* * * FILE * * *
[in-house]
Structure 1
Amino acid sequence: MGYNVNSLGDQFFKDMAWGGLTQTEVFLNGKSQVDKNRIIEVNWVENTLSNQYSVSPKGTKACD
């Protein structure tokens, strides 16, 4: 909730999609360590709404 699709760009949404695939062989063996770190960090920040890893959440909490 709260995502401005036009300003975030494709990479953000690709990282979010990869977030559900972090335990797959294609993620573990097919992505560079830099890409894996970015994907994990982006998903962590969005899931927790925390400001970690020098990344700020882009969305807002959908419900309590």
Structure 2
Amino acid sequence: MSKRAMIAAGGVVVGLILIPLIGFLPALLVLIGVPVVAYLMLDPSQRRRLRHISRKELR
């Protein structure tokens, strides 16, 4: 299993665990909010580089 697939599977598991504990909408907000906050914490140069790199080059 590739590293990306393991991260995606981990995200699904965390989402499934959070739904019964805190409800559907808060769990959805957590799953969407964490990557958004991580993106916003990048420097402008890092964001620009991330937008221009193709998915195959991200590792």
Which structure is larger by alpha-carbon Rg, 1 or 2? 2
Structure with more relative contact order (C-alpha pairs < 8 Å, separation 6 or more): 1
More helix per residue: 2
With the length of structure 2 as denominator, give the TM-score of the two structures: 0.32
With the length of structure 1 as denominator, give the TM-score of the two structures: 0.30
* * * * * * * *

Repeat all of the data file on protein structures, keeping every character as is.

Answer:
[in-house]
Structure 1
Amino acid sequence: MGYNVNSLGDQFFKDMAWGGLTQTEVFLNGKSQVDKNRIIEVNWVENTLSNQYSVSPKGTKACD
């Protein structure tokens, strides 16, 4: 909730999609360590709404 699709760009949404695939062989063996770190960090920040890893959440909490 709260995502401005036009300003975030494709990479953000690709990282979010990869977030559900972090335990797959294609993620573990097919992505560079830099890409894996970015994907994990982006998903962590969005899931927790925390400001970690020098990344700020882009969305807002959908419900309590």
Structure 2
Amino acid sequence: MSKRAMIAAGGVVVGLILIPLIGFLPALLVLIGVPVVAYLMLDPSQRRRLRHISRKELR
């Protein structure tokens, strides 16, 4: 299993665990909010580089 697939599977598991504990909408907000906050914490140069790199080059 590739590293990306393991991260995606981990995200699904965390989402499934959070739904019964805190409800559907808060769990959805957590799953969407964490990557958004991580993106916003990048420097402008890092964001620009991330937008221009193709998915195959991200590792």
Which structure is larger by alpha-carbon Rg, 1 or 2? 2
Structure with more relative contact order (C-alpha pairs < 8 Å, separation 6 or more): 1
More helix per residue: 2
With the length of structure 2 as denominator, give the TM-score of the two structures: 0.32
With the length of structure 1 as denominator, give the TM-score of the two structures: 0.30